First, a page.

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About the Scottish Parliament

Parliament policies

Smoke-free policy

The Scottish Parliamentary Corporate Body (SPCB) is committed to providing a safe and healthy environment for all passholders and visitors. Part of this commitment includes minimising the risks caused by passive smoking. With these commitments and legal responsibilities in mind, the policy has been developed to protect all building users from exposure to second-hand smoke and to assist compliance with the Smoking, Health and Social Care (Scotland) Act 2005.

Who is covered by this policy?

The policy applies to all users of the buildings, including all SPCB staff, MSPs and their staff, agency staff, contractors, volunteers and visitors. If you are responsible for any contractors, volunteers or visitors, you must ensure that they are aware of and comply with this policy.

What is the policy?

It is the policy of the SPCB that all of our enclosed workplaces, as well as certain other areas within the Parliamentary campus, are smoke-free.

Where can’t I smoke?

You may not smoke in any of the buildings in the Parliamentary campus, including the car park, garden area, delivery service area, main public entrance, Canongate entrance, Queensberry House entrance, other doorways and fire exits.

Where can I smoke?

You may smoke in the designated area of the courtyard outside Queensberry House. If you are using this designated area, please only smoke in the vicinity of the bins provided. These bins have been placed away from the building in order to prevent any smoke permeating through the windows of those offices that face on to the courtyard. Please also be considerate of the impact of noise levels on those working in rooms facing on to the courtyard.

You can also smoke in the public part of the Parliament’s grounds or you can choose to leave the Parliamentary campus. You should move a reasonable distance away from the buildings and ensure that you do not get in the way of others or be a nuisance to any of our neighbours. You should also refrain from dropping any litter. Environmental wardens patrol this area and will issue an on-the-spot fine for anyone caught doing so. Please also remember that you should not wear your pass when outside the parliamentary complex.

You may smoke in the Canongate entrance to the building but only outwith the business hours of Monday to Friday 7am to 7:30pm. You may only smoke in this area outwith these hours, for example if you are attending an evening function, or on other occasions when the designated smoking area outside Queensberry House is not available. In either area, please only smoke in the vicinity of the bins provided.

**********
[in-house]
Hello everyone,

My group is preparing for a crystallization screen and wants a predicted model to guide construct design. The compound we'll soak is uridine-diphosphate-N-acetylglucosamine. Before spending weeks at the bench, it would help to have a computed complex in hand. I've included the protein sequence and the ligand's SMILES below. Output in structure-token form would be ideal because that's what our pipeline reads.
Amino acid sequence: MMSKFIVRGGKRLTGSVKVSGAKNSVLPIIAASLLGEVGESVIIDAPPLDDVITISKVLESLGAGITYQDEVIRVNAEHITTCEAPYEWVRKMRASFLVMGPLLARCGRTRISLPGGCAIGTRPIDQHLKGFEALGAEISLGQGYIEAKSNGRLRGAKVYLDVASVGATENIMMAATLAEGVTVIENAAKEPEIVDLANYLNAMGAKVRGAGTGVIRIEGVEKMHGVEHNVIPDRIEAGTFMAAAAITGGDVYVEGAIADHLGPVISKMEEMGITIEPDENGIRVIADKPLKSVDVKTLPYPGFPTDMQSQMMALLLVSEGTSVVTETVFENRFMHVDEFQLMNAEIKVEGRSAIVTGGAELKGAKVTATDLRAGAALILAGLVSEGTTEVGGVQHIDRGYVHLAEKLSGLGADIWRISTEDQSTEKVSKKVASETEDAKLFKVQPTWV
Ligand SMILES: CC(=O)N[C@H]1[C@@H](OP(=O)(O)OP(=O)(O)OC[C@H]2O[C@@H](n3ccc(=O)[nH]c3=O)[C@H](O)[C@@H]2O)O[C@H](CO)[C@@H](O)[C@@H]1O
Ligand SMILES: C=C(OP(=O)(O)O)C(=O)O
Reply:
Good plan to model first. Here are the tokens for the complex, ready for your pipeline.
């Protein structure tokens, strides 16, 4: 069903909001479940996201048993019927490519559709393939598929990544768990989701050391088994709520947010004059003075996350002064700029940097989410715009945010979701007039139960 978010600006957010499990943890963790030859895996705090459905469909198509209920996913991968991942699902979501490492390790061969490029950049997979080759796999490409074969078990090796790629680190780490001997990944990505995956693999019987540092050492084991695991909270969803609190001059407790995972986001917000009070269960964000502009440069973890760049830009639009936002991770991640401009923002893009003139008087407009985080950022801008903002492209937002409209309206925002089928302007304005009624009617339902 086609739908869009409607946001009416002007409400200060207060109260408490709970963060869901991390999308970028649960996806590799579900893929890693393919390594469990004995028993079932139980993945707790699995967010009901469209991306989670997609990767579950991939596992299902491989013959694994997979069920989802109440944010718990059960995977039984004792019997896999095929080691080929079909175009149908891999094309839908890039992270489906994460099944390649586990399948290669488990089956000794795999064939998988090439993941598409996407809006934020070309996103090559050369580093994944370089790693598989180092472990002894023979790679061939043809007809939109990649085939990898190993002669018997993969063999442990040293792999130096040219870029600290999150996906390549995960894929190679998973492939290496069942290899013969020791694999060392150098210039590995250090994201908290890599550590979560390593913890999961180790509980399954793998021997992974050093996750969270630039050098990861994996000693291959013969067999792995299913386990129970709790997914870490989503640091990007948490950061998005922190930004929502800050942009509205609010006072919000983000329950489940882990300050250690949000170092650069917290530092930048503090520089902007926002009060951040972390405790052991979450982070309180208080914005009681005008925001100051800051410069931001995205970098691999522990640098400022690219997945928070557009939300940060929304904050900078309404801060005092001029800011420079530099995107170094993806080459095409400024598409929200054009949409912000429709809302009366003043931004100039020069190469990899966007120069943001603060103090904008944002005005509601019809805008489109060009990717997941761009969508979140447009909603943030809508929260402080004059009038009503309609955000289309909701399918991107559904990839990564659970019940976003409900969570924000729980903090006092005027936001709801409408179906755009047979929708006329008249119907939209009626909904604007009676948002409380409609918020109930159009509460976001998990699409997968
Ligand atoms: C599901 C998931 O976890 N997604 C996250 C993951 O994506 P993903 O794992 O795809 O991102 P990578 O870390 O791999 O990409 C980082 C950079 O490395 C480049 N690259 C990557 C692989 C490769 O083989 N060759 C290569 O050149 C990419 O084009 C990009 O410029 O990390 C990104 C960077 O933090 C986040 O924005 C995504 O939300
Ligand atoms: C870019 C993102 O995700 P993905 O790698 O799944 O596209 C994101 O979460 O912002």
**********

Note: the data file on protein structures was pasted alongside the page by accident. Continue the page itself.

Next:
Implementation of the policy

Overall responsibility for policy implementation and review rests with the SPCB. Everyone is obliged to adhere to, and facilitate the implementation of the policy.

Appropriate action will be taken to inform all new and existing SPCB staff, MSPs and their staff, agency staff, contractors, volunteers and other building users of the policy and their role in the implementation and monitoring of the policy.

Appropriate ‘No Smoking’ signs will be clearly displayed at the entrances to and within the premises.

Any complaint can be made to Facilities Management on 0131 348 5100 or by contacting the Visitor Services desk.

The policy will be monitored and reviewed on a regular basis.

What if I decide not to comply?

If you do not comply with this policy, and you are a member of SPCB staff, you may be subject to disciplinary action as set out in the disciplinary procedures.

If you are not a member of SPCB staff, then any incidents will be reported to the relevant office/employer. Members will be aware that the Code of Conduct for members makes reference to the SPCB smoke free policy.

Further, since it is against the law to smoke in enclosed public places, you may also be liable to a fixed penalty fine and possible criminal prosecution.

What about electronic cigarettes?

Electronic cigarettes (e-cigarettes) are relatively new, and the risks to users and those around them have not been fully established. Additionally, concerns have been expressed by senior public health officials that their use could perpetuate the idea that smoking is acceptable in public areas.

Because of the possible impact on public health improvement measures and the uncertainty regarding the possible risks, the use of e-cigarettes shall be subject to the same restrictions as smoking in the Scottish Parliament.